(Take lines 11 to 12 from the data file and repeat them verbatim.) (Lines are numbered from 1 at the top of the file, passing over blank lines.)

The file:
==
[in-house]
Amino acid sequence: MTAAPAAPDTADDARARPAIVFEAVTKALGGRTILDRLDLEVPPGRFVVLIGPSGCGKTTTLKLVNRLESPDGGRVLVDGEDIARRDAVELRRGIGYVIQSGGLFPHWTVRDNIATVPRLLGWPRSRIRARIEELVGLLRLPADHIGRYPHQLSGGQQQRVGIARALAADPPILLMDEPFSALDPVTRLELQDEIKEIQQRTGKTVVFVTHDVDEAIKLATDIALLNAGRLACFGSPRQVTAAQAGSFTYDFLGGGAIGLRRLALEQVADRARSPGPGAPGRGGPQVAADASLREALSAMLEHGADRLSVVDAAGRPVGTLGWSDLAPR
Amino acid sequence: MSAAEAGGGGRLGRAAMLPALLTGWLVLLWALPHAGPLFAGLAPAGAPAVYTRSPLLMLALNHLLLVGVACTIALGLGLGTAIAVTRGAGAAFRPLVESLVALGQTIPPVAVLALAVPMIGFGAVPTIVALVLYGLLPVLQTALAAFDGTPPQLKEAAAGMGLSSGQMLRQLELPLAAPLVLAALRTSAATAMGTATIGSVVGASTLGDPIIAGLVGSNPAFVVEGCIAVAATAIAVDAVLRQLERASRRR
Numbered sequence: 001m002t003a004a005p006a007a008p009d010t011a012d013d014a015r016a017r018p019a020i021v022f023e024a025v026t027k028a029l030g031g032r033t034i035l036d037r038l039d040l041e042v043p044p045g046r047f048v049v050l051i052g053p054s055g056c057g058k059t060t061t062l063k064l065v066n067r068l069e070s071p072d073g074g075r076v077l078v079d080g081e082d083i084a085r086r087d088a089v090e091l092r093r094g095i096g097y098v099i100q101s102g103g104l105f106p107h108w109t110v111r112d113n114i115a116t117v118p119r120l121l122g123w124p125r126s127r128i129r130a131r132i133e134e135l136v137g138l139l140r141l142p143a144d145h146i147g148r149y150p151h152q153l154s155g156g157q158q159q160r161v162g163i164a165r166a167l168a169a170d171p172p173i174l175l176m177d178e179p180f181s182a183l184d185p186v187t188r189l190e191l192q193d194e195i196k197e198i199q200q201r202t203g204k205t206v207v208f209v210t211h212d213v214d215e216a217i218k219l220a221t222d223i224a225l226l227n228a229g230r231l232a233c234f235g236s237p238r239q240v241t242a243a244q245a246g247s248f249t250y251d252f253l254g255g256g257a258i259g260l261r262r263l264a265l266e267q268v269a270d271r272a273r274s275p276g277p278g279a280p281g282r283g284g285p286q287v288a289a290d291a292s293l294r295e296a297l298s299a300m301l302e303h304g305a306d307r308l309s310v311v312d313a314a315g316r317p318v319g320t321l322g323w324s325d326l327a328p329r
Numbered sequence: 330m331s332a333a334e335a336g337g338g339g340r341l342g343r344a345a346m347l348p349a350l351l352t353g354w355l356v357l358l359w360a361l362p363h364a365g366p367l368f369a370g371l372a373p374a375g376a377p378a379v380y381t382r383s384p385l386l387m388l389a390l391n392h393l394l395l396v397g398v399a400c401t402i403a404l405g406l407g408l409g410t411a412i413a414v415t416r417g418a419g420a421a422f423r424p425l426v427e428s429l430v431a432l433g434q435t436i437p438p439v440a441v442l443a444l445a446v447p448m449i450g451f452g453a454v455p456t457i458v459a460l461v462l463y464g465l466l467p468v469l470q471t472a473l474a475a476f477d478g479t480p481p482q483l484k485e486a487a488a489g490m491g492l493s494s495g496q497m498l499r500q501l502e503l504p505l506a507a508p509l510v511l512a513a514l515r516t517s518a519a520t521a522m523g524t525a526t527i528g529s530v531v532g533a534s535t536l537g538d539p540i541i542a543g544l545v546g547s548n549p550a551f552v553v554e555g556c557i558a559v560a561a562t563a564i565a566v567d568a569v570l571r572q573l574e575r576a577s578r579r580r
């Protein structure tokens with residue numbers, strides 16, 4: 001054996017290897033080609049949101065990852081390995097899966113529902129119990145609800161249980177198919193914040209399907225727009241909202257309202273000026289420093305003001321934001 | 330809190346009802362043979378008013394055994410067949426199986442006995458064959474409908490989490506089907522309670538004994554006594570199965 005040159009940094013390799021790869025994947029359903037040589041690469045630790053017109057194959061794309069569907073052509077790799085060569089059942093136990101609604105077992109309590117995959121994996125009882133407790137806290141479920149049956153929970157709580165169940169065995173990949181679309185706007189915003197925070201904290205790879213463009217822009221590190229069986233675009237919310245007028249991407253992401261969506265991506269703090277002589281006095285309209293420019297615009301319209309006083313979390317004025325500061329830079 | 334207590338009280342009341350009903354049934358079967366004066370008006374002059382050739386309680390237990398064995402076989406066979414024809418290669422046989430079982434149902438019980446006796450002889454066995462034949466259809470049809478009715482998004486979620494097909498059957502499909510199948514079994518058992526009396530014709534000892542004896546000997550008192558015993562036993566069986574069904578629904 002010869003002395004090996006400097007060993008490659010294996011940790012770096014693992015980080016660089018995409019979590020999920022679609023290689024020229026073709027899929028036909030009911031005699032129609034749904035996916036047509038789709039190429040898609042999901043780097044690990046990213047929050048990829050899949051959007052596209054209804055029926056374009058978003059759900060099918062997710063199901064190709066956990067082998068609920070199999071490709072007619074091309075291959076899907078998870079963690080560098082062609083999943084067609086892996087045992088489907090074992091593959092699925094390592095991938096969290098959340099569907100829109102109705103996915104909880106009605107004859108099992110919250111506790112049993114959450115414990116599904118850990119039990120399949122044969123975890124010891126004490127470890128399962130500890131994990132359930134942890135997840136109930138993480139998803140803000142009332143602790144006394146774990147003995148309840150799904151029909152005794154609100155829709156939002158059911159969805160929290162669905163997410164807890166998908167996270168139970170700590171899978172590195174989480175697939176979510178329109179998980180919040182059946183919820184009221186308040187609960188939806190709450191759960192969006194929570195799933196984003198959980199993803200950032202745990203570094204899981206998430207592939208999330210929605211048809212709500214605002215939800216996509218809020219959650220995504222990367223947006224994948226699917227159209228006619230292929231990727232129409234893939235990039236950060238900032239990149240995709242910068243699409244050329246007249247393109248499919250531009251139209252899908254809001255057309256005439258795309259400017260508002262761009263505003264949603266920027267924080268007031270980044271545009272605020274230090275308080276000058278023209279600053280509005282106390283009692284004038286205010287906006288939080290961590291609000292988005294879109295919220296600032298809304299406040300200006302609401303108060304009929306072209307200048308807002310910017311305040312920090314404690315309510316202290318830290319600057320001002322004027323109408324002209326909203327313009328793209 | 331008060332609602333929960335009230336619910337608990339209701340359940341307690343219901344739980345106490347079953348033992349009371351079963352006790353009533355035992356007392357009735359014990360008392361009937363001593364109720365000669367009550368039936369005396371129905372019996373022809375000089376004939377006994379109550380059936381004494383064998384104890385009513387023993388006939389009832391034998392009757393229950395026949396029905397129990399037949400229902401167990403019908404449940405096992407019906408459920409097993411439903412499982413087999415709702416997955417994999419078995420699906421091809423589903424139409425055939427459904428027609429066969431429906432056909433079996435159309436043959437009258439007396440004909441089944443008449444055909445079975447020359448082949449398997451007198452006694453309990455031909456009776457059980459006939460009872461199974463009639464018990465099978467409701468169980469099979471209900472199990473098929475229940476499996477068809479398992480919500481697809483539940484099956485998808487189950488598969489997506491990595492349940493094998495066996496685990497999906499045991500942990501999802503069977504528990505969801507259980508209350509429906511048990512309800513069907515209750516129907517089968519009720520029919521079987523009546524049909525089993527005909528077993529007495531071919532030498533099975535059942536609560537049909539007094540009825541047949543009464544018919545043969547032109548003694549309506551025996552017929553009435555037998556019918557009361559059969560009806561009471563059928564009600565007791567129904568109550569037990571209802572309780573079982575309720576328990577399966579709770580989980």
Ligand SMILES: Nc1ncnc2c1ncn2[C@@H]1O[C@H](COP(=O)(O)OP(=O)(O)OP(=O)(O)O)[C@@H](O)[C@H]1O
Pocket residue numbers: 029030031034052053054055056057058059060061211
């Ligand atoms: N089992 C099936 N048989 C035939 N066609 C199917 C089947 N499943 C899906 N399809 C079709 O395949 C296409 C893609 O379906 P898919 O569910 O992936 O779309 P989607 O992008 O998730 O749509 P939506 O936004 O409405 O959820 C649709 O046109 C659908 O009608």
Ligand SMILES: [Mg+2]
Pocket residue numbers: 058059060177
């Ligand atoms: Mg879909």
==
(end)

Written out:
Pocket residue numbers: 058059060177
């Ligand atoms: Mg879909």